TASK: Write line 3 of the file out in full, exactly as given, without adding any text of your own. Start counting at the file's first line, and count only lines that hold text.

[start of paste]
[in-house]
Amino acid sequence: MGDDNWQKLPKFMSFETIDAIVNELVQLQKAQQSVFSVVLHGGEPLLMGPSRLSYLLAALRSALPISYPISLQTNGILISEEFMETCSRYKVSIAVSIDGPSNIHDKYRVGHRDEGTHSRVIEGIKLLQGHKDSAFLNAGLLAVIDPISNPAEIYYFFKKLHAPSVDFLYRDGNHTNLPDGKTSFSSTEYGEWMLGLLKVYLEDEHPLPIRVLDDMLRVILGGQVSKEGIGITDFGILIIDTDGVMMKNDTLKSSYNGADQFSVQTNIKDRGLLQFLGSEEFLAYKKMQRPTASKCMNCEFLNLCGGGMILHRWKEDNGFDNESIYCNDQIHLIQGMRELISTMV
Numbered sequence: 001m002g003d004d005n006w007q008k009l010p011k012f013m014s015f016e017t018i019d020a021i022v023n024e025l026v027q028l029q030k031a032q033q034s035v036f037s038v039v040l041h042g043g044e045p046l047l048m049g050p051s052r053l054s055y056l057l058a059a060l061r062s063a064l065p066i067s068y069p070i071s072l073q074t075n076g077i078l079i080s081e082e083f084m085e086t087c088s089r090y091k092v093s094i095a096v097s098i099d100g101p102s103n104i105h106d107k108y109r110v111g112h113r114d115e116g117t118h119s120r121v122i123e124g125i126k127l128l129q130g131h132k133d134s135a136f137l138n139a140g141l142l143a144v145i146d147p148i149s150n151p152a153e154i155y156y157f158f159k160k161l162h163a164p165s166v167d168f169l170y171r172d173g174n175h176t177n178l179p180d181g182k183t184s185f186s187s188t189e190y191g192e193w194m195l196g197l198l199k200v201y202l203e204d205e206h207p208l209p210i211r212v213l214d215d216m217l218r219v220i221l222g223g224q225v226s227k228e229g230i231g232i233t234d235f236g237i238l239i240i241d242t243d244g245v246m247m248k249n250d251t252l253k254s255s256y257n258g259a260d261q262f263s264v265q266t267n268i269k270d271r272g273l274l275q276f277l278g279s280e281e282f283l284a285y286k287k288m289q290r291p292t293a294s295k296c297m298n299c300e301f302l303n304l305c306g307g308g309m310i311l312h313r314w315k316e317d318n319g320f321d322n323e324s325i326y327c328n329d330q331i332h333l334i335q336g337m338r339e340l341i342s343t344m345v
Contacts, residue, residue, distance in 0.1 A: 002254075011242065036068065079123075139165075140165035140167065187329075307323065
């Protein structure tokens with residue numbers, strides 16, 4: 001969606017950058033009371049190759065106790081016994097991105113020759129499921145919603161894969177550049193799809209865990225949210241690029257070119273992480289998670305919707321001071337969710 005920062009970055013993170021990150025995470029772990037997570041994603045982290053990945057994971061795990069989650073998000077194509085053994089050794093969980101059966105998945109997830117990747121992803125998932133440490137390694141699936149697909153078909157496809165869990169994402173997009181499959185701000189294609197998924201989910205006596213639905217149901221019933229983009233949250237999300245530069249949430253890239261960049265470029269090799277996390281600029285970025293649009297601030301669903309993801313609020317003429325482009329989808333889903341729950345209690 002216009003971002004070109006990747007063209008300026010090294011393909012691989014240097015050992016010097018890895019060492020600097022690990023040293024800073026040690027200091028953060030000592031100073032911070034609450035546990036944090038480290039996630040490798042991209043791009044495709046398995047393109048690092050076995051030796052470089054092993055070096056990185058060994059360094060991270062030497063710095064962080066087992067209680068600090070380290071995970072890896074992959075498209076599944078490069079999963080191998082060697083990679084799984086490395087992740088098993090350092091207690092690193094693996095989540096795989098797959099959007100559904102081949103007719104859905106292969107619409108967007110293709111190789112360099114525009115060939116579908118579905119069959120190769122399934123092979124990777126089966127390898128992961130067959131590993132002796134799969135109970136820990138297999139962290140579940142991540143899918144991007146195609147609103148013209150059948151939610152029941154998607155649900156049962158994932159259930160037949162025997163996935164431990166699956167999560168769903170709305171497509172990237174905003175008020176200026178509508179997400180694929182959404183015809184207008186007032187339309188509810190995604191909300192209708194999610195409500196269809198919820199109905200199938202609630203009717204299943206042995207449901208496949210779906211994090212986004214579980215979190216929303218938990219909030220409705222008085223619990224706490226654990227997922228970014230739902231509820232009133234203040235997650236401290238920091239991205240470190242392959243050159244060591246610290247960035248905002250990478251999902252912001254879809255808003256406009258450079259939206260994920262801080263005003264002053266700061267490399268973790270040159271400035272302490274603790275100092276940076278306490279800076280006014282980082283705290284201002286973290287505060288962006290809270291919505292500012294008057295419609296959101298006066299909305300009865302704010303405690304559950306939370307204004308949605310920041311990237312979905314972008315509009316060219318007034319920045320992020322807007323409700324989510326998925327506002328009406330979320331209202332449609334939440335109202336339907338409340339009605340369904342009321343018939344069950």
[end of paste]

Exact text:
Numbered sequence: 001m002g003d004d005n006w007q008k009l010p011k012f013m014s015f016e017t018i019d020a021i022v023n024e025l026v027q028l029q030k031a032q033q034s035v036f037s038v039v040l041h042g043g044e045p046l047l048m049g050p051s052r053l054s055y056l057l058a059a060l061r062s063a064l065p066i067s068y069p070i071s072l073q074t075n076g077i078l079i080s081e082e083f084m085e086t087c088s089r090y091k092v093s094i095a096v097s098i099d100g101p102s103n104i105h106d107k108y109r110v111g112h113r114d115e116g117t118h119s120r121v122i123e124g125i126k127l128l129q130g131h132k133d134s135a136f137l138n139a140g141l142l143a144v145i146d147p148i149s150n151p152a153e154i155y156y157f158f159k160k161l162h163a164p165s166v167d168f169l170y171r172d173g174n175h176t177n178l179p180d181g182k183t184s185f186s187s188t189e190y191g192e193w194m195l196g197l198l199k200v201y202l203e204d205e206h207p208l209p210i211r212v213l214d215d216m217l218r219v220i221l222g223g224q225v226s227k228e229g230i231g232i233t234d235f236g237i238l239i240i241d242t243d244g245v246m247m248k249n250d251t252l253k254s255s256y257n258g259a260d261q262f263s264v265q266t267n268i269k270d271r272g273l274l275q276f277l278g279s280e281e282f283l284a285y286k287k288m289q290r291p292t293a294s295k296c297m298n299c300e301f302l303n304l305c306g307g308g309m310i311l312h313r314w315k316e317d318n319g320f321d322n323e324s325i326y327c328n329d330q331i332h333l334i335q336g337m338r339e340l341i342s343t344m345v